China flexes, and the US catches a chilly reminder

<i>Illustration</i>: Michael Mucci

Illustration: Michael Mucci

In the old days countries threatened each other by sabre-rattling - moving armies, positioning navies, making physical threats. In the past few days we have seen the modern way to intimidate another power.

The Chinese premier, Wen Jiabao, expressed concern about his country's $US1 trillion ($1.5 trillion) holdings of US government bonds.

"We've lent a huge amount of capital to the US, and of course we're concerned about the security of our assets. And to speak truthfully, I am a little bit worried."

That was all it took.

It marked a threshold moment in relations between the current superpower and the potential one - Beijing demonstrated that it is prepared to use its financial power over the US as an instrument of pressure.

US officials, including Barack Obama himself, hastened to reassure the Chinese over the weekend. "Not just the Chinese Government, but every investor can have absolute confidence in the soundness of investments in the US."

Wen's remark was not random. It was made in answer to a pre-approved question at his annual news conference. It came just as his Foreign Minister, Yang Jiechi, was in Washington to negotiate with the US the approach the two countries would take to the Group of 20 summit in London on April 2.

And it emerged a few weeks after Hillary Clinton went to Beijing and explicitly called on the Government to keep buying US bonds - the Obama Treasury is hoping to sell the world another $1.7 trillion in treasuries this year to pay for the US Government's deficit.

In other words, the US, the world's biggest debtor, finds itself unusually vulnerable. And China, the world's biggest creditor, is newly powerful.

It is the culmination of the different ways the US and China have pursued power. In 1992 China formally adopted a new concept of the national interest it called "comprehensive national power."

This is officially defined as "the totality of a country's economic, military and political power". Among these, economic power has held priority as the basis for all other forms of power. And this has been the national strategy ever since.

By contrast, the US, especially under George Bush, put increasing emphasis on its military as its preferred instrument of power. Fiscal prudence was not just overlooked but violated. When Bush's first treasury secretary, Paul O'Neill, warned the vice-president Dick Cheney against tax cuts because of the looming deficit, Cheney said: "Reagan proved deficits don't matter."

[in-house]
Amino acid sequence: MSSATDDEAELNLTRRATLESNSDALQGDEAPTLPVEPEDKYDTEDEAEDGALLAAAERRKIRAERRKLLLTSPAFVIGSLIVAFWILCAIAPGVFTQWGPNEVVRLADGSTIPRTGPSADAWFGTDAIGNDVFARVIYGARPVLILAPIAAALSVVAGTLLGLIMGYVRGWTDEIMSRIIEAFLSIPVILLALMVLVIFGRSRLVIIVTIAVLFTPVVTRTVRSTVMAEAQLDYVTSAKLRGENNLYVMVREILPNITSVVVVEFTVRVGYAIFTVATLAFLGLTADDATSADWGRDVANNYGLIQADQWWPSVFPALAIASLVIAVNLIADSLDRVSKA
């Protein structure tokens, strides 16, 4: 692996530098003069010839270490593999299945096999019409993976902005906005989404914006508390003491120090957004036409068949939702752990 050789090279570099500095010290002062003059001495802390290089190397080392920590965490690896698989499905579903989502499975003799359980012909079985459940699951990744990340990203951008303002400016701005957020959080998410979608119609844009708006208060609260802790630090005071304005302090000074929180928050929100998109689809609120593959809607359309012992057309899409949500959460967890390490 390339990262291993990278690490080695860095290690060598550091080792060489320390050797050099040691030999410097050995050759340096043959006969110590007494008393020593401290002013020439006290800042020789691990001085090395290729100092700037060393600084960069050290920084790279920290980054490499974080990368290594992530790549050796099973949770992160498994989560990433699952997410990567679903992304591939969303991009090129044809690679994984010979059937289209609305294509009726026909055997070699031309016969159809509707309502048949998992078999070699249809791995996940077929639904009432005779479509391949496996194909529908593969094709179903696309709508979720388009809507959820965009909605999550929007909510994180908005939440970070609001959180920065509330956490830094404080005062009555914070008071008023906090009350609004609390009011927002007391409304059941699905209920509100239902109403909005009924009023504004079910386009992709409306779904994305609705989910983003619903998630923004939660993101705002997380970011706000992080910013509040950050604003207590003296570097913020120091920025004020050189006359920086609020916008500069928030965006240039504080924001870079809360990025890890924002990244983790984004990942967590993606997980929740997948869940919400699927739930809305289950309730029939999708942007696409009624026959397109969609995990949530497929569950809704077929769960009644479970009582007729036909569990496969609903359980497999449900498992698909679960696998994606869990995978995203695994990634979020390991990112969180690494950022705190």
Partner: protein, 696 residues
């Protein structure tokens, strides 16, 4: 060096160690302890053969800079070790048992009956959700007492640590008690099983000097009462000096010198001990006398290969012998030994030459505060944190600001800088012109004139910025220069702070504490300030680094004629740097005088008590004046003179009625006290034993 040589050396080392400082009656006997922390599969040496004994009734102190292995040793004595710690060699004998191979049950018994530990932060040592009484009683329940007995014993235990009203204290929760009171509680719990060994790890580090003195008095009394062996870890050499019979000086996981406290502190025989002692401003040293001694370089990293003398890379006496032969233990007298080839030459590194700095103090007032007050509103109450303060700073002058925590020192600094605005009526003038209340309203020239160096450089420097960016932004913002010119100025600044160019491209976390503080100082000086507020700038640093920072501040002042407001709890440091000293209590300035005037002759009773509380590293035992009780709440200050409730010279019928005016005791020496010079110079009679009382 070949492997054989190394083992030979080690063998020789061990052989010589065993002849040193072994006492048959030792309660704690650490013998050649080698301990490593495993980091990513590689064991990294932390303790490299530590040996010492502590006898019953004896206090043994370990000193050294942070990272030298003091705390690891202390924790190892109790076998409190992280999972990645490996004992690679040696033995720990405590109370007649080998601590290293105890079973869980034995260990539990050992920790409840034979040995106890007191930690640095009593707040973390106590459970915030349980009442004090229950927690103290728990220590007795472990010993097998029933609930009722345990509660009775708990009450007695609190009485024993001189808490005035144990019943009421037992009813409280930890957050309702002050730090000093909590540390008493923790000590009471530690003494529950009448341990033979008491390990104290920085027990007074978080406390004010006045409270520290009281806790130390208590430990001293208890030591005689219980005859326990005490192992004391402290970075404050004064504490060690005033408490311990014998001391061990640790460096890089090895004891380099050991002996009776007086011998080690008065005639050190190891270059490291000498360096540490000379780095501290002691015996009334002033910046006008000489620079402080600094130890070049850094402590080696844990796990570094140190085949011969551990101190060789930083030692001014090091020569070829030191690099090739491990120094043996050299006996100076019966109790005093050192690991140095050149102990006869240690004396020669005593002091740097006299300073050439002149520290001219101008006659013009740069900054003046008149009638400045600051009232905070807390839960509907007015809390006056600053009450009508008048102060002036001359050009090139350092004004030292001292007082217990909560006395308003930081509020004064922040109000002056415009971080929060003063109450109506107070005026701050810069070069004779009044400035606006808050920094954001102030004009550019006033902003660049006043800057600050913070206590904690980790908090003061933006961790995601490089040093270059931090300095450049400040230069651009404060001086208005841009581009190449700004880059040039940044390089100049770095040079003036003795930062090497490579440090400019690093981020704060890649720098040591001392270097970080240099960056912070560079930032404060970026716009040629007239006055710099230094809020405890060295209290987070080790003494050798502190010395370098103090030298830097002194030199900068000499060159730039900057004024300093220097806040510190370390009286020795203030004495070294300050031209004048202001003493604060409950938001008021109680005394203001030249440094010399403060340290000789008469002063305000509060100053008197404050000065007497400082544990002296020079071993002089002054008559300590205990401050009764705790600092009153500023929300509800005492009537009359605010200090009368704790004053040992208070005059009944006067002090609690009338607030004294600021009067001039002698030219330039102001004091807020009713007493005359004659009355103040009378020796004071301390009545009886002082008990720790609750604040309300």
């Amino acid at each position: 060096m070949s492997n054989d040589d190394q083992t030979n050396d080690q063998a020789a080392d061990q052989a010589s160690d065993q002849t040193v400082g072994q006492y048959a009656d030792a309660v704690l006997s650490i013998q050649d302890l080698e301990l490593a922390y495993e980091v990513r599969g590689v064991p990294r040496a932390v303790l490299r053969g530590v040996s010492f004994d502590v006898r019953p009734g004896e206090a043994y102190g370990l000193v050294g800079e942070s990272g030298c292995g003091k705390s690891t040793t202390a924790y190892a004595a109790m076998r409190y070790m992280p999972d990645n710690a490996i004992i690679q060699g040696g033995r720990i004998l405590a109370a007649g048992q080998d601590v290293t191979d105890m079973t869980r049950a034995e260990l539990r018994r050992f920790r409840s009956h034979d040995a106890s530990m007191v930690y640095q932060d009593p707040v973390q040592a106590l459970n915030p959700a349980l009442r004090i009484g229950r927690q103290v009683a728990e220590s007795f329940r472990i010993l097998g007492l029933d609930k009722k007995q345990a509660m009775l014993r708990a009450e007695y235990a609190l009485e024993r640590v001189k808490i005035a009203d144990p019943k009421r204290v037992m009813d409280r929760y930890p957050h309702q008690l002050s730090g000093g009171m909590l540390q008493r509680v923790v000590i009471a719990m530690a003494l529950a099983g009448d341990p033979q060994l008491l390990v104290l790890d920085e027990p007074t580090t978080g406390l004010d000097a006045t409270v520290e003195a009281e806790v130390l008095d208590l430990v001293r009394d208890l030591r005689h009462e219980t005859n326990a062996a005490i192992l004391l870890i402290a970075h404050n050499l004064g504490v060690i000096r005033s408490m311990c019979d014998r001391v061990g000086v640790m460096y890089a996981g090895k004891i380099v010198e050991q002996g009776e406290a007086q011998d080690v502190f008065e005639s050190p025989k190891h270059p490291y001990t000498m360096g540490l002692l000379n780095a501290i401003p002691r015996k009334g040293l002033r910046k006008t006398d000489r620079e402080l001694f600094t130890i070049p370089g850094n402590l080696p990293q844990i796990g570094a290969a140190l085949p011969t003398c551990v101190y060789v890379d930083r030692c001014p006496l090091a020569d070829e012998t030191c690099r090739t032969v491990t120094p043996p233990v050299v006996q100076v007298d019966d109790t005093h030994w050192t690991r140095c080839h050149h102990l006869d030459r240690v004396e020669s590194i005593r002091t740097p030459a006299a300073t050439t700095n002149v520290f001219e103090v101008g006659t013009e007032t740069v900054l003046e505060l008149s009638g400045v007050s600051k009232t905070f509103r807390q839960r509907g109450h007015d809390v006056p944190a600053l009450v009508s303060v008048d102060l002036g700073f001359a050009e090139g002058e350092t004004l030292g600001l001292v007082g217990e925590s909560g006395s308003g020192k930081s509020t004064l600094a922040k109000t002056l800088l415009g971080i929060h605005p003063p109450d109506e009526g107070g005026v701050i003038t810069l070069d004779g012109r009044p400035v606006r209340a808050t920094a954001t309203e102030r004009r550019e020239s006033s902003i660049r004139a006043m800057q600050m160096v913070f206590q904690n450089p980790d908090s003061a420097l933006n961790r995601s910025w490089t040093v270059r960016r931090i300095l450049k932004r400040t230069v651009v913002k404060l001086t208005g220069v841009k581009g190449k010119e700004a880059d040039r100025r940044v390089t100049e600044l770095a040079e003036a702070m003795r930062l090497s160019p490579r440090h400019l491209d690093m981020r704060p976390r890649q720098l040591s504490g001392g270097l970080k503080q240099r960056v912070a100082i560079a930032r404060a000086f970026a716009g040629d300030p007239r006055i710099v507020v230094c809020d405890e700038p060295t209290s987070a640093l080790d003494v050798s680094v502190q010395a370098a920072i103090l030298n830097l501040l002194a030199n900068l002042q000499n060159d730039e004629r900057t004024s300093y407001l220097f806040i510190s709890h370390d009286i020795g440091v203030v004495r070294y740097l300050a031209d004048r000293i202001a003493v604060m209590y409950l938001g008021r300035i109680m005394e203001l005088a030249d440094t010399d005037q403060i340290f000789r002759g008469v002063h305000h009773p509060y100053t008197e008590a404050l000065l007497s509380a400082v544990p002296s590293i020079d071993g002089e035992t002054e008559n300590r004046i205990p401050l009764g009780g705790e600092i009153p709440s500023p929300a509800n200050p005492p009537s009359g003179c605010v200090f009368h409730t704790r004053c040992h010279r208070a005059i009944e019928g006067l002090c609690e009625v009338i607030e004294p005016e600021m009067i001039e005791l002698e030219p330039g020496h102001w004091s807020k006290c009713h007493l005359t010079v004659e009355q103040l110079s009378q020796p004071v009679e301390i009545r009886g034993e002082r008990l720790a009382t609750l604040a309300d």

O'Neill's resistance cost him his job. Of course, he was right. The deficit has emerged starkly as a vulnerability of the US state. It was in Reagan's term that the US went from being the world's major creditor to becoming its biggest debtor.

Bush, his ideological and political heir, has left the US, at the end of a boom, with a deficit of half a trillion dollars. To fight off recession, Obama is putting the country into much deeper deficit.

One of China's most influential strategic thinkers, Yan Xuetong, observed some years ago that China had put its communist ideologies aside in pursuit of economic growth, while the US increasingly based its economic policies on political ideology: "Which is the ideological country now?" he asked.

The jostling of a US Navy survey vessel by five Chinese ships in the South China Sea last week provided a timely illustration of the weakness of America's narrow concept of power.

The Chinese ships crowded around the US vessel and put wooden barriers in the water; the US ship turned its firehoses on the Chinese sailors.

The US might have decided to press its case. But it would then have to face the reality that its defence budget is crucially supported by the very country it wanted to confront.

China's options for retaliation would include abandoning US government bonds. It could even dump its existing US treasuries, which could seriously damage the country's ability to finance itself on reasonable terms. Obama's recovery plans could be at risk.

But, of course, if Beijing waged fiscal war on Washington, it would rebound. Twenty-one per cent of Chinese exports go to the US. By sabotaging the US recovery, China would be crimping its own.

This is the financial version of the doctrine of "mutually assured destruction" that kept the US and the Soviet Union from launching their nuclear arsenals at each other during the Cold War.

Wen made exactly this point in his news conference: "On the foreign reserves issue, the first consideration is our national interest. But we also have to consider the stability of the overall international financial system, as the two factors are interlinked."

The market reaction to Wen's remarks took this into account. Investors read the comment as a negotiating ploy. Already, Obama has agreed to support China's demand for voting power in the International Monetary Fund, and no doubt other demands are under negotiation in Washington right now.

Still, the world nearly came to an end twice in the Cold War, during the Cuban missile crisis of 1962 and Operation Able Archer in 1983. The deterrent power of mutually assured destruction depends on rationality and sound flows of information, never assured in a real crisis.

As Lawrence Summers, the chairman of Obama's council of economic advisers, said five years ago: "It surely cannot be prudent for us as a country to rely on a kind of balance of financial terror." Yet that is exactly the calculus holding together what is left of the global economy.